Protein kinase Cs (PKCs) are activated by lipids in the plasma membrane and bind to a scaffold assembled on the epidermal growth factor (EGF) receptor (EGFR). Understanding how this complex is routed is important, because this determines whether EGFR is degraded, terminating signaling. Here, cells were preincubated in EGF-tagged gold nanoparticles, then allowed to internalize them in the presence or absence of a phorbol ester PKC activator. PKC colocalized with EGF-tagged nanoparticles within 5 min and migrated with EGFR-bearing vesicles into the cell. Two conformations of PKC-epsilon were distinguished by different primary antibodies. One, thought to be enzymatically active, was on endosomes and displayed a binding site for antibody RR (R&D). The other, recognized by Genetex green (GG), was soluble, on actin-rich structures, and loosely bound to vesicles. During a 15-min chase, EGF-tagged nanoparticles entered large, perinuclear structures. In phorbol ester-treated cells, vesicles bearing EGF-tagged nanoparticles tended to enter this endocytic recycling compartment (ERC) without the GG form. The correlation coefficient between the GG (inactive) and RR conformations on vesicles was also lower. Thus, active PKC has a Charon-like function, ferrying vesicles to the ERC, and inactivation counteracts this function. The advantage conferred on cells by aggregating vesicles in the ERC is unclear.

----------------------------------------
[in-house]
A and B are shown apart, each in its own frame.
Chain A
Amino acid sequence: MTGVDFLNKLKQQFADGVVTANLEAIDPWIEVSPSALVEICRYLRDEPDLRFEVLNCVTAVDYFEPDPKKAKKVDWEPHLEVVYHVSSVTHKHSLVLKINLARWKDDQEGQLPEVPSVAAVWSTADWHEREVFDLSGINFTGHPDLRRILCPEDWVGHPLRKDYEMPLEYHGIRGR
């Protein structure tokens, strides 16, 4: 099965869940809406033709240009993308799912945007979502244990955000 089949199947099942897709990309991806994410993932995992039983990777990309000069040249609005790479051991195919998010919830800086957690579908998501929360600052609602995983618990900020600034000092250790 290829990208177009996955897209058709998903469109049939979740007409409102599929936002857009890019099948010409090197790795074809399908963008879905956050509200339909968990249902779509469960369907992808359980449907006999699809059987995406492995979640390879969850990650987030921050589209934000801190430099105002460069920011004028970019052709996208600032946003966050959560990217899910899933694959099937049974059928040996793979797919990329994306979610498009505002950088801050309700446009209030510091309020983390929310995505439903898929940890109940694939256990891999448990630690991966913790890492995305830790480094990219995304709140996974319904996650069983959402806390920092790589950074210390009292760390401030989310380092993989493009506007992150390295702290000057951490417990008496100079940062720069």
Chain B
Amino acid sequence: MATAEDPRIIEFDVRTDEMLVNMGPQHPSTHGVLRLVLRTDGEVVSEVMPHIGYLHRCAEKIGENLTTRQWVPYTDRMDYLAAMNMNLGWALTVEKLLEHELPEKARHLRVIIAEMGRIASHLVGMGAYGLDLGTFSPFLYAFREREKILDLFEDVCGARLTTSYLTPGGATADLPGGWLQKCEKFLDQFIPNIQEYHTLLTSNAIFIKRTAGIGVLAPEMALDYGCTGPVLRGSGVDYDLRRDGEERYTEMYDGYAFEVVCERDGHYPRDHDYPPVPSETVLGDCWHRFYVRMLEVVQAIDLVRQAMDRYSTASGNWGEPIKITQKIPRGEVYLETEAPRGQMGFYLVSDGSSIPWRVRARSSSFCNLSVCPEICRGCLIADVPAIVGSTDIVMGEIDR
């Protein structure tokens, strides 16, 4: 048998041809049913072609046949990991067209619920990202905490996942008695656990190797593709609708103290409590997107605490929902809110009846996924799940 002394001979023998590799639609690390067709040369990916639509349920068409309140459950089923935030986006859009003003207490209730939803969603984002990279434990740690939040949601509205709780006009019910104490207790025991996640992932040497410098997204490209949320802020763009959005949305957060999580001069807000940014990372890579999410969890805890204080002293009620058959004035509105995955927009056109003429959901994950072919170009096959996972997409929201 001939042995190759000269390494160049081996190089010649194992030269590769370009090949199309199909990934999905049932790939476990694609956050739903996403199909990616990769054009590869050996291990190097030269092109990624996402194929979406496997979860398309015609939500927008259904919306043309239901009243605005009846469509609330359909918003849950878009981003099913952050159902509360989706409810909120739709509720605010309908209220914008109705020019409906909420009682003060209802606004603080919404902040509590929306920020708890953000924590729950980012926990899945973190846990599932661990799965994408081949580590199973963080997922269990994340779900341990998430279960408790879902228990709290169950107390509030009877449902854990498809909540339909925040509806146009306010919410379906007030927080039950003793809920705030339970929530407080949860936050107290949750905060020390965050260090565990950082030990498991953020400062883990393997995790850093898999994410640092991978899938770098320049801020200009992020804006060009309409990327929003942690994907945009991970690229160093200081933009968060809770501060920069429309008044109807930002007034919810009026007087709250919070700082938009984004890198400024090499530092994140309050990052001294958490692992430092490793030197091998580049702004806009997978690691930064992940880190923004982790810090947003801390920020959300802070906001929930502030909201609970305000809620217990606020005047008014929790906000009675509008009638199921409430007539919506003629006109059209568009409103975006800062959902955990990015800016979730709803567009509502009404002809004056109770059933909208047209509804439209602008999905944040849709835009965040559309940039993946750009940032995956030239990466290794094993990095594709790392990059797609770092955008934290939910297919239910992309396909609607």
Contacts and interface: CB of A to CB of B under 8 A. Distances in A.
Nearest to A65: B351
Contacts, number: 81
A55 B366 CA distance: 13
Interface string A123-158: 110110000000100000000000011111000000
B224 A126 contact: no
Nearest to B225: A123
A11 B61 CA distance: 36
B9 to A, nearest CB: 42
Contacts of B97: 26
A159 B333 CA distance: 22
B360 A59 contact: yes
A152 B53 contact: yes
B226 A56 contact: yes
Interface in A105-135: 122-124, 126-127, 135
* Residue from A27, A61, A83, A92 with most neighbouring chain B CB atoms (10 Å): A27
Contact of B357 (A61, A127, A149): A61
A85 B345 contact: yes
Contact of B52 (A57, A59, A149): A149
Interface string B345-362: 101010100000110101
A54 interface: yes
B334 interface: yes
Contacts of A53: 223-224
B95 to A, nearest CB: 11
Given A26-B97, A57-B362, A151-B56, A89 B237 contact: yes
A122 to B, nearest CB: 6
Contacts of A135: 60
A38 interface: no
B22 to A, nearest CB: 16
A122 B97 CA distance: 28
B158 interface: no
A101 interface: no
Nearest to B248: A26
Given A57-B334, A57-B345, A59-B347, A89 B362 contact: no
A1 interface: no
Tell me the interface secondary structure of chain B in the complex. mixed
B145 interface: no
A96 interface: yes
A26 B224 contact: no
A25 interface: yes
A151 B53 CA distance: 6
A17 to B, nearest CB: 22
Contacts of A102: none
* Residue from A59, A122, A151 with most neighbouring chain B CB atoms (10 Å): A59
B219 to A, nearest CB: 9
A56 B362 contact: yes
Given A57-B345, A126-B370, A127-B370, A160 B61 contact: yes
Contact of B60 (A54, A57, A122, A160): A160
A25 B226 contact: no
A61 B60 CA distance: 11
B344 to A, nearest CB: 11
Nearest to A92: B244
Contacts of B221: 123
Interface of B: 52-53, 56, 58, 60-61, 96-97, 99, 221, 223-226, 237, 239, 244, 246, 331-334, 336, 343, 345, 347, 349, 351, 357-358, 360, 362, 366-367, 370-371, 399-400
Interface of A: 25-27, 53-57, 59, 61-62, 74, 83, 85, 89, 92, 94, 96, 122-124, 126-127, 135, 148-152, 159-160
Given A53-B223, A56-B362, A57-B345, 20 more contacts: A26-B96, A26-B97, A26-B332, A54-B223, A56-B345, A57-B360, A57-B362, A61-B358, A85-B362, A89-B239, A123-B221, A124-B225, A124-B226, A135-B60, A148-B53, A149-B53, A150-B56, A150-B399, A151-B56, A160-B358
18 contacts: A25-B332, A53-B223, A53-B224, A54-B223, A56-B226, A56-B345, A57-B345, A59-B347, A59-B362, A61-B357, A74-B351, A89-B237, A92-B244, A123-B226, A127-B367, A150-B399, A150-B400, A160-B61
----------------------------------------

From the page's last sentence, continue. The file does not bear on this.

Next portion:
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Heckman, Carol A.; Biswas, Tania; Dimick, Douglas M.; and Cayer, Marilyn L., "Activated Protein Kinase C (PKC) Is Persistently Trafficked with Epidermal Growth Factor (EGF) Receptor" (2020). Biological Sciences Faculty Publications. 80.